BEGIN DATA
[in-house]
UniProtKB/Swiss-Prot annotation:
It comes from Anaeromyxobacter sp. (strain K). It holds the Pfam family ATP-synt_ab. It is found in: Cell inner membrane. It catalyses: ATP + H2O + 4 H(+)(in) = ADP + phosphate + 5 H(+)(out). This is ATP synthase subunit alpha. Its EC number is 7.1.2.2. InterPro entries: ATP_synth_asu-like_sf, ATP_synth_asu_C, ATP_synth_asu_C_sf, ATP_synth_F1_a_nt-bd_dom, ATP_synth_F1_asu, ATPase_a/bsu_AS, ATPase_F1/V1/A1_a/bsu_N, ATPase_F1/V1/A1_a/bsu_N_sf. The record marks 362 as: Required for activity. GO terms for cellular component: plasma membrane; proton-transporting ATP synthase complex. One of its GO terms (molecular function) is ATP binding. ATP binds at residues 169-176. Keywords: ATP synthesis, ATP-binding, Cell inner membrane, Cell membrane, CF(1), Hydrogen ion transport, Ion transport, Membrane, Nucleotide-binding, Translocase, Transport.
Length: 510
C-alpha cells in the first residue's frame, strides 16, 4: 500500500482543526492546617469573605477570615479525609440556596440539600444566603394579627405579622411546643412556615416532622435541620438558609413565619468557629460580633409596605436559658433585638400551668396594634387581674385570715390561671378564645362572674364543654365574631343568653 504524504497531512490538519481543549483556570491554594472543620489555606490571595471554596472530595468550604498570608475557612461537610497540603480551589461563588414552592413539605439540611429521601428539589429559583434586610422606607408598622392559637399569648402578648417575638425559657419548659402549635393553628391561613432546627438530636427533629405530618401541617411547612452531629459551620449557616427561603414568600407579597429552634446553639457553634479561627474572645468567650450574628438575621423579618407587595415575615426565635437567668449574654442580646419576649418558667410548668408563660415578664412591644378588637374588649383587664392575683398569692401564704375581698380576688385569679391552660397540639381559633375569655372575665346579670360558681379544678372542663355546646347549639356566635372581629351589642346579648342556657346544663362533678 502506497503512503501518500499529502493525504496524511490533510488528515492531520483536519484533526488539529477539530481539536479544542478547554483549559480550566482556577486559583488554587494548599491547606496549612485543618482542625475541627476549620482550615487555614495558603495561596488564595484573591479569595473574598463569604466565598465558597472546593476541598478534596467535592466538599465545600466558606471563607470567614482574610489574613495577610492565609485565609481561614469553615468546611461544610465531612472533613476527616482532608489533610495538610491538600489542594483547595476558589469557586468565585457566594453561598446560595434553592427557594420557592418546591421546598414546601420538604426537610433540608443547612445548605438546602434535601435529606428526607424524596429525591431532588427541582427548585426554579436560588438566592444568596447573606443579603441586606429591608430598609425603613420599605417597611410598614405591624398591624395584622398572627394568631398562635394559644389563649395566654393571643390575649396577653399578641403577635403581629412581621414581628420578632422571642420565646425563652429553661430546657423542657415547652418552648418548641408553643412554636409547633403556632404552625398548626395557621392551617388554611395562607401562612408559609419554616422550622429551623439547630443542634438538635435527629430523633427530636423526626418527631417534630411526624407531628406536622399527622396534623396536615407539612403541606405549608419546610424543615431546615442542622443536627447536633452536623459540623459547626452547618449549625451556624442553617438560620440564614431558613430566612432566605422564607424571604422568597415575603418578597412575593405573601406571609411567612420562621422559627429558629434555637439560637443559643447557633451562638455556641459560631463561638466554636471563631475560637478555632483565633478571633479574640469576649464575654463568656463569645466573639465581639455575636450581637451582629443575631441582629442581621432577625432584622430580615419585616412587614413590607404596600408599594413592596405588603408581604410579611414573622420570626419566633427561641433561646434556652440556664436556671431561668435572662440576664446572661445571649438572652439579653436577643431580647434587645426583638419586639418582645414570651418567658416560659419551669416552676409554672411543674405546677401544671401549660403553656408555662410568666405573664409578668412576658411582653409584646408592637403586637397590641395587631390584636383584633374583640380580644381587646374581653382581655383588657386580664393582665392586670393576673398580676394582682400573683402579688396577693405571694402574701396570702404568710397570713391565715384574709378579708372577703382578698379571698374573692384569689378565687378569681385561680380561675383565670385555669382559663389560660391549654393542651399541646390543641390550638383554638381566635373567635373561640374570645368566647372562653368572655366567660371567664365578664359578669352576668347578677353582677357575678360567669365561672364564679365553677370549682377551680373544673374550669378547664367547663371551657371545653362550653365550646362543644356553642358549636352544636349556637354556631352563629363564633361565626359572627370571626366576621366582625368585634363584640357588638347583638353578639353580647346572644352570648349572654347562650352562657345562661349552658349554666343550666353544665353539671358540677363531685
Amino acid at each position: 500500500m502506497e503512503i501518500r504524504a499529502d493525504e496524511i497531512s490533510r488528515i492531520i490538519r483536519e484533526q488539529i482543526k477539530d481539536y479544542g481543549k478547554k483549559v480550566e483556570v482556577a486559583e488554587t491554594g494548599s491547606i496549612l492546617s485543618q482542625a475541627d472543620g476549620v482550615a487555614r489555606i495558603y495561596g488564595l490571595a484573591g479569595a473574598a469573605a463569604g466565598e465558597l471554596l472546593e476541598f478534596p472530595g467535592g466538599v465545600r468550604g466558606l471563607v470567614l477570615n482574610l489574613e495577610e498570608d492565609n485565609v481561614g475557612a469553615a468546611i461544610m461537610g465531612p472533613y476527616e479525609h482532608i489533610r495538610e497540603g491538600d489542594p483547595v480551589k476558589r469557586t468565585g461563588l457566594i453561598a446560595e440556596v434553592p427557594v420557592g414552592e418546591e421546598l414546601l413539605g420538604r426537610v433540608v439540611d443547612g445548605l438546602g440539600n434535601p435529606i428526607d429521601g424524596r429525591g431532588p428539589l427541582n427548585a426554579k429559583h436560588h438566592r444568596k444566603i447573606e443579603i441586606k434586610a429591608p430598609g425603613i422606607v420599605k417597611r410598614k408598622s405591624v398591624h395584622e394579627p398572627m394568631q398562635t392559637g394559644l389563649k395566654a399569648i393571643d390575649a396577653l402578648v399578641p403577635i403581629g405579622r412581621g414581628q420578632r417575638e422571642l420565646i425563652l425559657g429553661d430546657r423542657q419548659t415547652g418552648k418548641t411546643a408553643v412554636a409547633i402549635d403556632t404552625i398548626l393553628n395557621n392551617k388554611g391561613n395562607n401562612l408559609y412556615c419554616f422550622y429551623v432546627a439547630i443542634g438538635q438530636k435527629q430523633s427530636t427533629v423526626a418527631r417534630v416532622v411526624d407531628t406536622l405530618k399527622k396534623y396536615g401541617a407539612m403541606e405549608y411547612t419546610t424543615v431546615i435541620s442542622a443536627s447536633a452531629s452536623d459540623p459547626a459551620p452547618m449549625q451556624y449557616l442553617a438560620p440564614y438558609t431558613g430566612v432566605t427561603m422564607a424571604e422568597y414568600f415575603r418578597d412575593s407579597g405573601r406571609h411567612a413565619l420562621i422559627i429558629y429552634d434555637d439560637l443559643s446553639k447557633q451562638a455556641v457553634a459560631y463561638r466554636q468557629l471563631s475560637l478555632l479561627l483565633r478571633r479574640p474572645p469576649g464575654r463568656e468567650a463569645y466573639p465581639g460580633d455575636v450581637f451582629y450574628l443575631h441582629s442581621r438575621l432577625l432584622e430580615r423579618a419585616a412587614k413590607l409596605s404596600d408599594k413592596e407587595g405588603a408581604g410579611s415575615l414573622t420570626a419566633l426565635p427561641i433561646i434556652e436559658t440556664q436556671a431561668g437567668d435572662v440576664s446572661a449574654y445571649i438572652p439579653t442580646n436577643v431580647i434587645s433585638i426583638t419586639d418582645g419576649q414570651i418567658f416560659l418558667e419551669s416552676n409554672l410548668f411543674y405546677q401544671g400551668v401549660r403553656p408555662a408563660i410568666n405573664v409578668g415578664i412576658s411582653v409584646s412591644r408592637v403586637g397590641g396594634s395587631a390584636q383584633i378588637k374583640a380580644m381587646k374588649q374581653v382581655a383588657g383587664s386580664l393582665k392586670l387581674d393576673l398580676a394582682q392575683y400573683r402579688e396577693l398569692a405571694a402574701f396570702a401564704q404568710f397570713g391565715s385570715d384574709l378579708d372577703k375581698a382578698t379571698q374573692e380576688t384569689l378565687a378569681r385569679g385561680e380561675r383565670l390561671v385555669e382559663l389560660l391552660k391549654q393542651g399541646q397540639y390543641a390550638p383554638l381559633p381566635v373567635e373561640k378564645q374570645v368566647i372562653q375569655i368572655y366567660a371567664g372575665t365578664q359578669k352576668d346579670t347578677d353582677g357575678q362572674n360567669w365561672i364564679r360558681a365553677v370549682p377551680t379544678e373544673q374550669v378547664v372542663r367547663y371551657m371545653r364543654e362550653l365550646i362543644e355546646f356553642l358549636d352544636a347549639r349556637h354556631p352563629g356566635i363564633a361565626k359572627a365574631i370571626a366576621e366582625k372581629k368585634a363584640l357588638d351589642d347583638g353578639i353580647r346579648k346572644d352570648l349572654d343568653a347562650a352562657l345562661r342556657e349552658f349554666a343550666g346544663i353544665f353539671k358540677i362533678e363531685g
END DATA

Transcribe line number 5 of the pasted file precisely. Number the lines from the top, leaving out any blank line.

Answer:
C-alpha cells in the first residue's frame, strides 16, 4: 500500500482543526492546617469573605477570615479525609440556596440539600444566603394579627405579622411546643412556615416532622435541620438558609413565619468557629460580633409596605436559658433585638400551668396594634387581674385570715390561671378564645362572674364543654365574631343568653 504524504497531512490538519481543549483556570491554594472543620489555606490571595471554596472530595468550604498570608475557612461537610497540603480551589461563588414552592413539605439540611429521601428539589429559583434586610422606607408598622392559637399569648402578648417575638425559657419548659402549635393553628391561613432546627438530636427533629405530618401541617411547612452531629459551620449557616427561603414568600407579597429552634446553639457553634479561627474572645468567650450574628438575621423579618407587595415575615426565635437567668449574654442580646419576649418558667410548668408563660415578664412591644378588637374588649383587664392575683398569692401564704375581698380576688385569679391552660397540639381559633375569655372575665346579670360558681379544678372542663355546646347549639356566635372581629351589642346579648342556657346544663362533678 502506497503512503501518500499529502493525504496524511490533510488528515492531520483536519484533526488539529477539530481539536479544542478547554483549559480550566482556577486559583488554587494548599491547606496549612485543618482542625475541627476549620482550615487555614495558603495561596488564595484573591479569595473574598463569604466565598465558597472546593476541598478534596467535592466538599465545600466558606471563607470567614482574610489574613495577610492565609485565609481561614469553615468546611461544610465531612472533613476527616482532608489533610495538610491538600489542594483547595476558589469557586468565585457566594453561598446560595434553592427557594420557592418546591421546598414546601420538604426537610433540608443547612445548605438546602434535601435529606428526607424524596429525591431532588427541582427548585426554579436560588438566592444568596447573606443579603441586606429591608430598609425603613420599605417597611410598614405591624398591624395584622398572627394568631398562635394559644389563649395566654393571643390575649396577653399578641403577635403581629412581621414581628420578632422571642420565646425563652429553661430546657423542657415547652418552648418548641408553643412554636409547633403556632404552625398548626395557621392551617388554611395562607401562612408559609419554616422550622429551623439547630443542634438538635435527629430523633427530636423526626418527631417534630411526624407531628406536622399527622396534623396536615407539612403541606405549608419546610424543615431546615442542622443536627447536633452536623459540623459547626452547618449549625451556624442553617438560620440564614431558613430566612432566605422564607424571604422568597415575603418578597412575593405573601406571609411567612420562621422559627429558629434555637439560637443559643447557633451562638455556641459560631463561638466554636471563631475560637478555632483565633478571633479574640469576649464575654463568656463569645466573639465581639455575636450581637451582629443575631441582629442581621432577625432584622430580615419585616412587614413590607404596600408599594413592596405588603408581604410579611414573622420570626419566633427561641433561646434556652440556664436556671431561668435572662440576664446572661445571649438572652439579653436577643431580647434587645426583638419586639418582645414570651418567658416560659419551669416552676409554672411543674405546677401544671401549660403553656408555662410568666405573664409578668412576658411582653409584646408592637403586637397590641395587631390584636383584633374583640380580644381587646374581653382581655383588657386580664393582665392586670393576673398580676394582682400573683402579688396577693405571694402574701396570702404568710397570713391565715384574709378579708372577703382578698379571698374573692384569689378565687378569681385561680380561675383565670385555669382559663389560660391549654393542651399541646390543641390550638383554638381566635373567635373561640374570645368566647372562653368572655366567660371567664365578664359578669352576668347578677353582677357575678360567669365561672364564679365553677370549682377551680373544673374550669378547664367547663371551657371545653362550653365550646362543644356553642358549636352544636349556637354556631352563629363564633361565626359572627370571626366576621366582625368585634363584640357588638347583638353578639353580647346572644352570648349572654347562650352562657345562661349552658349554666343550666353544665353539671358540677363531685